Unexpected AddictionIn many cases, addiction is not necessarily related to purposeful actions. Although many individuals choose to use a substance for a variety of reasons, they do not usually expect an addiction to develop. For some individuals, addiction may develop accidentally as the direct result of a medical necessity. Pain relievers or other medications may be taken after an injury, surgery or similar situation. Unfortunately, some medications can be habit forming and addictions can develop accidentally. Even when an individual actively makes the decision to use or abuse an illicit substance, they may not fully understand the dangers of the substance or it may be in relation to the symptoms of a mental health disorder. There are many reasons that individuals may use or abuse drugs and alcohol. In some cases, addictions can develop on accident when an individual is using a substance under the guidance of a doctor. The initial reasons that individuals may use or abuse a substance can include:
- Trying to alleviate chaotic memories and emotions that are associated with a traumatic experience
- Taking a medication for legitimate medical reasons
- Gradually increasing the amount of alcohol to obtain the same feelings
- Peer pressure
- Curiosity or experimentation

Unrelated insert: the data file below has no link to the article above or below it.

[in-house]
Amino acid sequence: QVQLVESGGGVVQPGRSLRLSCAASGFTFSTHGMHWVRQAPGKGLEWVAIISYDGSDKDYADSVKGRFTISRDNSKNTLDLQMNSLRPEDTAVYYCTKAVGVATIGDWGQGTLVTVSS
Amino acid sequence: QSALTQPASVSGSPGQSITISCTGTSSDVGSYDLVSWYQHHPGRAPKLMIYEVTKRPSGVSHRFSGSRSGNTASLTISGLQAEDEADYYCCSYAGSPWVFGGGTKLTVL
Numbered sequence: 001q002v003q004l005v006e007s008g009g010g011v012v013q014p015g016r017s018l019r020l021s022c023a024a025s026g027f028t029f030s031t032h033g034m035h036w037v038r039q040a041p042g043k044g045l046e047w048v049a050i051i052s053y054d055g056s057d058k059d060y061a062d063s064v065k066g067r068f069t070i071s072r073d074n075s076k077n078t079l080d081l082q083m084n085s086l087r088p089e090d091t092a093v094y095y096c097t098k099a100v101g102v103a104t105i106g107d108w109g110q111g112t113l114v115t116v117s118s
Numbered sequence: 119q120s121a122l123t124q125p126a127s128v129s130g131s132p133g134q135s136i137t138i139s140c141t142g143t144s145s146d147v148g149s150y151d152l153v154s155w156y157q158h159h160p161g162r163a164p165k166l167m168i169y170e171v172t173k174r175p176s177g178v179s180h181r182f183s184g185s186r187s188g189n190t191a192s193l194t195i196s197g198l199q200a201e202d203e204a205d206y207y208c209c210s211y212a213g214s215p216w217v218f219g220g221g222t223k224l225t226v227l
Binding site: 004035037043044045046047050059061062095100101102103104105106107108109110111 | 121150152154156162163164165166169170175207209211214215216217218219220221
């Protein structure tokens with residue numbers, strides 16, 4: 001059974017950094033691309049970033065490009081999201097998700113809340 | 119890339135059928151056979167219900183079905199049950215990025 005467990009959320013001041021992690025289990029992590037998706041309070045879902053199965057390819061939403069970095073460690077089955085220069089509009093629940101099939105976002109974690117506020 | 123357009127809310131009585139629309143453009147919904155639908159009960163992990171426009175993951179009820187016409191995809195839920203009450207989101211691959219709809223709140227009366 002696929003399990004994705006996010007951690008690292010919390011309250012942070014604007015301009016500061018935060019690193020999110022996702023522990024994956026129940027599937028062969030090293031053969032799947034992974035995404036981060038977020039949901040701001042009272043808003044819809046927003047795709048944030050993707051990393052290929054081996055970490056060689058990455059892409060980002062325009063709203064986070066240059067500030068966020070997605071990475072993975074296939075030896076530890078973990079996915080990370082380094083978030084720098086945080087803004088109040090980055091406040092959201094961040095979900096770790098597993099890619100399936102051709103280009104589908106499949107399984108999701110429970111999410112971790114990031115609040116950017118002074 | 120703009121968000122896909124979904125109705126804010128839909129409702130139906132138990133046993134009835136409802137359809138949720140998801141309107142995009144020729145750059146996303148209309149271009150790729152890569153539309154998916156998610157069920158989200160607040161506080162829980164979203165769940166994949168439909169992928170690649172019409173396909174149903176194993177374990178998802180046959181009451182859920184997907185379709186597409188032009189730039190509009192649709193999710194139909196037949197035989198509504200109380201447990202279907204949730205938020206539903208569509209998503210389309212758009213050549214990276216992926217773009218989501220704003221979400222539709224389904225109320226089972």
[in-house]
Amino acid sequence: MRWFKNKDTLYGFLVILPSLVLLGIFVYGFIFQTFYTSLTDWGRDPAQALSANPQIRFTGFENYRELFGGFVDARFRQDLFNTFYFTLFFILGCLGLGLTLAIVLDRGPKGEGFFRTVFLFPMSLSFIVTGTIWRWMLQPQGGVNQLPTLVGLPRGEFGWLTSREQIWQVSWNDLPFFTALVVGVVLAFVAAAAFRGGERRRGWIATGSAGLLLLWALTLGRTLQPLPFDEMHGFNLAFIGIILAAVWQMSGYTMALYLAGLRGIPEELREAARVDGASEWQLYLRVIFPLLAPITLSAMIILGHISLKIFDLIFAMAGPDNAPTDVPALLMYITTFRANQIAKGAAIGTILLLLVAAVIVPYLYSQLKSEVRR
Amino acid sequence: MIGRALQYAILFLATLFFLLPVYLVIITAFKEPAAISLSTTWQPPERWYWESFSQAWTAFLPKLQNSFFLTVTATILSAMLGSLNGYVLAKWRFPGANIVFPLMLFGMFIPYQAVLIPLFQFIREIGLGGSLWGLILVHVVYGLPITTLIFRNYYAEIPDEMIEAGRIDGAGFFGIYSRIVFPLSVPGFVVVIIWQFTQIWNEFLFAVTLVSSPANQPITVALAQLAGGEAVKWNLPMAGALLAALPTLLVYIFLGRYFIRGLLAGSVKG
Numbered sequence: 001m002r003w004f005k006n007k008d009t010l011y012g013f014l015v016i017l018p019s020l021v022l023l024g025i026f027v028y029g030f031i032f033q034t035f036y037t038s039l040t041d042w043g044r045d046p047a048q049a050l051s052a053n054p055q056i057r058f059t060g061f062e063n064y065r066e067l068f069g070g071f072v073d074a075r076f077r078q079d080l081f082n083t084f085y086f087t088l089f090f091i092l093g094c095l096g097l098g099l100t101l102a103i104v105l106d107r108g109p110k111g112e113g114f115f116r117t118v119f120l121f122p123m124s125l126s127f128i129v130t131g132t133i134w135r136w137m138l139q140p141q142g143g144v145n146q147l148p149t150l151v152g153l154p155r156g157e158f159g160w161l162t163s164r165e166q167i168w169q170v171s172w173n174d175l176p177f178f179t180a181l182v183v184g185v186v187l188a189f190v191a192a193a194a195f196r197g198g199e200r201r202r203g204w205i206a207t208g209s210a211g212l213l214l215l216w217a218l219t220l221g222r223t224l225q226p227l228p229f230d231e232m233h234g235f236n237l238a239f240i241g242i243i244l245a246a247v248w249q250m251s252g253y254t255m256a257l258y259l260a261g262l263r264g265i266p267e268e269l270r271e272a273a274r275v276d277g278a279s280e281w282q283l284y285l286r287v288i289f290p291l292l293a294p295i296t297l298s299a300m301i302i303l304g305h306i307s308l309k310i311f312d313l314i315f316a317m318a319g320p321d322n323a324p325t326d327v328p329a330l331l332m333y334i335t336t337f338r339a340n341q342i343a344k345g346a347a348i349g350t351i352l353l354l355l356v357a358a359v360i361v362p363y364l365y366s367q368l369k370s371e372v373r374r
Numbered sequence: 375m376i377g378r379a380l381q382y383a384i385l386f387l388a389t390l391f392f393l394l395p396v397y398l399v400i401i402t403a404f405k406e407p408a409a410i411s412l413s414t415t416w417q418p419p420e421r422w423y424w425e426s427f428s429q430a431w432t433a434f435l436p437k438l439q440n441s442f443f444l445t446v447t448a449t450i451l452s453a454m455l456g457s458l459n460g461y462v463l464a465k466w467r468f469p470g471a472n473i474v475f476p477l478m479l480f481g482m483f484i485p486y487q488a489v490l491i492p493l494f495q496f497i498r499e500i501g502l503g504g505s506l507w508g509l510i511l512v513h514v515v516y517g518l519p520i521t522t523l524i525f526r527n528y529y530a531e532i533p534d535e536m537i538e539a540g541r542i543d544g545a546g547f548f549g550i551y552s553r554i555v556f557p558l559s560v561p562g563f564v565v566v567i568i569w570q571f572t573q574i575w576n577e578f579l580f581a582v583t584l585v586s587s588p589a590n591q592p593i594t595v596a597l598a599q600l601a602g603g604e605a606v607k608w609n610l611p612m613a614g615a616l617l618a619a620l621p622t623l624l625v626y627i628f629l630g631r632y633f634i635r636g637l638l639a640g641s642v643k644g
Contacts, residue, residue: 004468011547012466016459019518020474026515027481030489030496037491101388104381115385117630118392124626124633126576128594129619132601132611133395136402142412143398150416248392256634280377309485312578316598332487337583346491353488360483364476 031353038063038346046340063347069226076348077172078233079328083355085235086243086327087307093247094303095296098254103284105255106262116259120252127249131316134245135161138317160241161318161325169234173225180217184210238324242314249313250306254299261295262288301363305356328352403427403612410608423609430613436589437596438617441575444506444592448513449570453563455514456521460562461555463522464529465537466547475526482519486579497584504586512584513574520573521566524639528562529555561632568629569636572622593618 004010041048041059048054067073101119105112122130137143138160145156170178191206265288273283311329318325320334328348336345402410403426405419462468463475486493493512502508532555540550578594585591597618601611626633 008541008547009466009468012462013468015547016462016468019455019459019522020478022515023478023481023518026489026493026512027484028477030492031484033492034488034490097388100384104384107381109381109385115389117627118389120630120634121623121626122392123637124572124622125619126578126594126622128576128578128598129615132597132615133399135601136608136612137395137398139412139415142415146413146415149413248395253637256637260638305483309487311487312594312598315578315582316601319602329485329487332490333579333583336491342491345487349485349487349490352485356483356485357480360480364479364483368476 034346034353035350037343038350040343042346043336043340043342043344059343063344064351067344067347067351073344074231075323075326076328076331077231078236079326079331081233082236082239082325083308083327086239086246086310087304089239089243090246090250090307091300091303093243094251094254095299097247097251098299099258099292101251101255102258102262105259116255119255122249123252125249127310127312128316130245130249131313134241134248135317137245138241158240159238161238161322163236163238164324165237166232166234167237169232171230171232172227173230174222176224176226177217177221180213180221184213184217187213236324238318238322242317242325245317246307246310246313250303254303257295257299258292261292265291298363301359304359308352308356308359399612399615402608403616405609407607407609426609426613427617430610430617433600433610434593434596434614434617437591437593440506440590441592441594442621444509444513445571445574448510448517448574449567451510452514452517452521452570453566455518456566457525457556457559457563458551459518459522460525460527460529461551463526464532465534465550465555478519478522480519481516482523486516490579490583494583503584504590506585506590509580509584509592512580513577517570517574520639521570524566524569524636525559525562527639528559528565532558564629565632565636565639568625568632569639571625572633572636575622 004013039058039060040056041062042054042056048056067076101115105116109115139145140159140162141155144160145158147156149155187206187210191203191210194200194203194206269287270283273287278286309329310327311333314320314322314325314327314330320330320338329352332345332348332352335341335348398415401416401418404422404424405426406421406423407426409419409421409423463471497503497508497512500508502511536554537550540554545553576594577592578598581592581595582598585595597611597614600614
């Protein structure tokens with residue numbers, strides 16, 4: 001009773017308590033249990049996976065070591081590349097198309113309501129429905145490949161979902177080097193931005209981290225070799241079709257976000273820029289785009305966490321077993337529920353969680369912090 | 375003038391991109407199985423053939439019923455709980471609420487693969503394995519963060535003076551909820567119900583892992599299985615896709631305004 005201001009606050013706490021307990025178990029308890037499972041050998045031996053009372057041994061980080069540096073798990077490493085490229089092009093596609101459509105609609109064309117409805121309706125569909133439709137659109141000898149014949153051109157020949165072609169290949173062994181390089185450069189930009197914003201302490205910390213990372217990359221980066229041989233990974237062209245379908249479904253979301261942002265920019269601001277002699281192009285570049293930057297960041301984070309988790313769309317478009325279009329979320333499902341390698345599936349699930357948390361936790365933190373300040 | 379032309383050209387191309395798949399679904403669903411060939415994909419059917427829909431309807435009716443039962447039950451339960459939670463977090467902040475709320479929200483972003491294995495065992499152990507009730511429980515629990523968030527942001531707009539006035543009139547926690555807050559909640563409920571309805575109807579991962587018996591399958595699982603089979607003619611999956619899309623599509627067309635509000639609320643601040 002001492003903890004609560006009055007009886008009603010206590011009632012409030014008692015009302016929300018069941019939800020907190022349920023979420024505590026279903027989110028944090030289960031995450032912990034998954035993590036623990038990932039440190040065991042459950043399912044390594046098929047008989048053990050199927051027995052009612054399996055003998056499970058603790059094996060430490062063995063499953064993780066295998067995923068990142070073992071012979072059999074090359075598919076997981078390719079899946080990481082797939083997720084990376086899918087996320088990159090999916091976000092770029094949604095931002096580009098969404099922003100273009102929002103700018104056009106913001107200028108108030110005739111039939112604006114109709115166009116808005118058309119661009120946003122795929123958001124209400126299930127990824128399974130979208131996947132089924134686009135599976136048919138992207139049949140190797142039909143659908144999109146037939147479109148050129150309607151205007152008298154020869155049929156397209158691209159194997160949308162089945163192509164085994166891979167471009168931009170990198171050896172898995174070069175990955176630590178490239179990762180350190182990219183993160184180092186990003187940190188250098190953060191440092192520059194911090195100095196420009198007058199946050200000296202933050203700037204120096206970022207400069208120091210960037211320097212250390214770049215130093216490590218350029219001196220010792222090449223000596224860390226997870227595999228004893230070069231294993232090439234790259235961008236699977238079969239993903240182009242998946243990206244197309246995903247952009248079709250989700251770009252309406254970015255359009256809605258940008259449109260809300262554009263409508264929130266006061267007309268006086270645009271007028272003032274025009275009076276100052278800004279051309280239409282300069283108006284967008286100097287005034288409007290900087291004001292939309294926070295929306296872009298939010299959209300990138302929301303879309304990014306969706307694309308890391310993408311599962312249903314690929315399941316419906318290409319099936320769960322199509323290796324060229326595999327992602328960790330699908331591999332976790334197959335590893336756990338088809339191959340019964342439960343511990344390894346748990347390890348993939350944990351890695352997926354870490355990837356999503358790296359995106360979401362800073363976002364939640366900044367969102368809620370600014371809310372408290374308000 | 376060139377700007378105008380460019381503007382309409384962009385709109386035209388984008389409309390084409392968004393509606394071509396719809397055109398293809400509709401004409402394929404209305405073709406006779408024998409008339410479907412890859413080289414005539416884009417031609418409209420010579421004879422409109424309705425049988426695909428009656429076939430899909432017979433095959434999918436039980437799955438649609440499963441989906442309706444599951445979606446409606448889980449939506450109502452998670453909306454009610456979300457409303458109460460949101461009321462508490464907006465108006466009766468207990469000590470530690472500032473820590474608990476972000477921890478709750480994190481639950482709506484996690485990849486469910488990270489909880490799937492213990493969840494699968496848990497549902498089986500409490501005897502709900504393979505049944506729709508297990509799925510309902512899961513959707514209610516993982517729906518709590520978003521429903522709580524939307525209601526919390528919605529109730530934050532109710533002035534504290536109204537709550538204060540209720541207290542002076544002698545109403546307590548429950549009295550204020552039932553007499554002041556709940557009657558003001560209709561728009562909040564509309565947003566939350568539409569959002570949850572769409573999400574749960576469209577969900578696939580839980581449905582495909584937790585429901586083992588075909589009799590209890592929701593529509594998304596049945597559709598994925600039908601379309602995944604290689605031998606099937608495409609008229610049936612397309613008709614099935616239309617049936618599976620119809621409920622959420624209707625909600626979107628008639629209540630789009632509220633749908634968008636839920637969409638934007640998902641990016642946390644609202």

Changes to the BrainAddiction has an impact on the mind and the body. According to How Stuff Works, the body uses a reward system by releasing dopamine. Although there are healthy activities, such as exercising, that can release dopamine, certain substances cause the brain to release more dopamine than it needs. The reward system then encourages the individual to use or abuse the substance in the future. Unfortunately, the more an individual uses a substance, the greater the tolerance that he or she builds up over time. That means that the individual will need to use more of the substance to get the same impact on the body and mind. Along with the increased amount of dopamine that is released into the body, the memory is also impacted by the substance. According to the National Institutes on Health, memories of the feelings that develop after abusing the substance can arise when there are triggers in the individual’s environment. For example, an individual may see a person, place or even an object that was seen after the substance was abused. The person, place or object will then trigger the craving for the substance.